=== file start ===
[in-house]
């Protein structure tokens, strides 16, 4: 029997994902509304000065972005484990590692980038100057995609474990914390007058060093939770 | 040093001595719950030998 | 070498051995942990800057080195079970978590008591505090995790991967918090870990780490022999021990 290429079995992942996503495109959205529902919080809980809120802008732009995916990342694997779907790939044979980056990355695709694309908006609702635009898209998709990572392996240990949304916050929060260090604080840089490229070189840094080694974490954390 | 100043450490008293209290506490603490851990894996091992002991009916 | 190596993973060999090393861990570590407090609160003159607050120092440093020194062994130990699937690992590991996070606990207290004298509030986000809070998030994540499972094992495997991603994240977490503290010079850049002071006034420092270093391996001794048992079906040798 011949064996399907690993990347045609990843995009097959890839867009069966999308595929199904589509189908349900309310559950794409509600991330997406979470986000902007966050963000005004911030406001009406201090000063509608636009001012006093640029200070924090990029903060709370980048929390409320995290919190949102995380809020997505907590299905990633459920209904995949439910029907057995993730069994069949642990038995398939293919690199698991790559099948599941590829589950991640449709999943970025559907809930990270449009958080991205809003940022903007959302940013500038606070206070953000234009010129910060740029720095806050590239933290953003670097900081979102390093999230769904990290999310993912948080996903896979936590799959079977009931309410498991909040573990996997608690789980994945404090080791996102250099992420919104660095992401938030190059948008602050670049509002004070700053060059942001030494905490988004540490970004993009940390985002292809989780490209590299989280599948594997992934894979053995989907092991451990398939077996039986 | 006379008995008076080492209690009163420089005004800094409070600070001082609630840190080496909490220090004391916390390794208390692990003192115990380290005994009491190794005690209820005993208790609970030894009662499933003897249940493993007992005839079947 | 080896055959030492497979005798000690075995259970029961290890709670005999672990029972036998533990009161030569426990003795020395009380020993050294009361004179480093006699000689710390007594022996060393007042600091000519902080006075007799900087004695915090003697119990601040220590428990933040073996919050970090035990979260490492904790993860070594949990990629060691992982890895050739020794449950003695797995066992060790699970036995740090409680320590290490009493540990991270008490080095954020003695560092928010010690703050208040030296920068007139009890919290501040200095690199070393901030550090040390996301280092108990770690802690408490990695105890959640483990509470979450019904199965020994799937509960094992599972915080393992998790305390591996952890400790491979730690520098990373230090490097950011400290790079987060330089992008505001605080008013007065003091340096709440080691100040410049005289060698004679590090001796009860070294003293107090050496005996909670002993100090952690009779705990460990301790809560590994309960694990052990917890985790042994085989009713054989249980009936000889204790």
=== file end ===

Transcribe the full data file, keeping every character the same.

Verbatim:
[in-house]
């Protein structure tokens, strides 16, 4: 029997994902509304000065972005484990590692980038100057995609474990914390007058060093939770 | 040093001595719950030998 | 070498051995942990800057080195079970978590008591505090995790991967918090870990780490022999021990 290429079995992942996503495109959205529902919080809980809120802008732009995916990342694997779907790939044979980056990355695709694309908006609702635009898209998709990572392996240990949304916050929060260090604080840089490229070189840094080694974490954390 | 100043450490008293209290506490603490851990894996091992002991009916 | 190596993973060999090393861990570590407090609160003159607050120092440093020194062994130990699937690992590991996070606990207290004298509030986000809070998030994540499972094992495997991603994240977490503290010079850049002071006034420092270093391996001794048992079906040798 011949064996399907690993990347045609990843995009097959890839867009069966999308595929199904589509189908349900309310559950794409509600991330997406979470986000902007966050963000005004911030406001009406201090000063509608636009001012006093640029200070924090990029903060709370980048929390409320995290919190949102995380809020997505907590299905990633459920209904995949439910029907057995993730069994069949642990038995398939293919690199698991790559099948599941590829589950991640449709999943970025559907809930990270449009958080991205809003940022903007959302940013500038606070206070953000234009010129910060740029720095806050590239933290953003670097900081979102390093999230769904990290999310993912948080996903896979936590799959079977009931309410498991909040573990996997608690789980994945404090080791996102250099992420919104660095992401938030190059948008602050670049509002004070700053060059942001030494905490988004540490970004993009940390985002292809989780490209590299989280599948594997992934894979053995989907092991451990398939077996039986 | 006379008995008076080492209690009163420089005004800094409070600070001082609630840190080496909490220090004391916390390794208390692990003192115990380290005994009491190794005690209820005993208790609970030894009662499933003897249940493993007992005839079947 | 080896055959030492497979005798000690075995259970029961290890709670005999672990029972036998533990009161030569426990003795020395009380020993050294009361004179480093006699000689710390007594022996060393007042600091000519902080006075007799900087004695915090003697119990601040220590428990933040073996919050970090035990979260490492904790993860070594949990990629060691992982890895050739020794449950003695797995066992060790699970036995740090409680320590290490009493540990991270008490080095954020003695560092928010010690703050208040030296920068007139009890919290501040200095690199070393901030550090040390996301280092108990770690802690408490990695105890959640483990509470979450019904199965020994799937509960094992599972915080393992998790305390591996952890400790491979730690520098990373230090490097950011400290790079987060330089992008505001605080008013007065003091340096709440080691100040410049005289060698004679590090001796009860070294003293107090050496005996909670002993100090952690009779705990460990301790809560590994309960694990052990917890985790042994085989009713054989249980009936000889204790």